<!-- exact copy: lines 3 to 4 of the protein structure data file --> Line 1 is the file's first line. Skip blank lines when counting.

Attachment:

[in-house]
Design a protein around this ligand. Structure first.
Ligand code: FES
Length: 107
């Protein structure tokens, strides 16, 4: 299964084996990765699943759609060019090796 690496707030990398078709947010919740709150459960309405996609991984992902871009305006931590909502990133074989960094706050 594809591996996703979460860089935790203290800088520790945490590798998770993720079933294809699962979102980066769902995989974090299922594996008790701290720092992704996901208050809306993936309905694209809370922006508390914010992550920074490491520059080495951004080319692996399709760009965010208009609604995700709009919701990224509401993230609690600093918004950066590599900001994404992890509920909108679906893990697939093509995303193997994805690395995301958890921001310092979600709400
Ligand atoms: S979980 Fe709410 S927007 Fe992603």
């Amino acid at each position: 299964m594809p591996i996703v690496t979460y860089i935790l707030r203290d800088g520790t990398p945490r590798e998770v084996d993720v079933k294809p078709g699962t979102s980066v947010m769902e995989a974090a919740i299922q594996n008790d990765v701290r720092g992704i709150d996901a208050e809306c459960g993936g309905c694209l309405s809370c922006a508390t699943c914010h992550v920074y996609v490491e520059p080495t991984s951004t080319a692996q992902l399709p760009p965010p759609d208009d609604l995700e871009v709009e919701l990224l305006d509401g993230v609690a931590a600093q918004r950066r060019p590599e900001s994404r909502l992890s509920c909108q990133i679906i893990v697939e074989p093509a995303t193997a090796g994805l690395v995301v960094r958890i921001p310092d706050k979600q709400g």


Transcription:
Ligand code: FES
Length: 107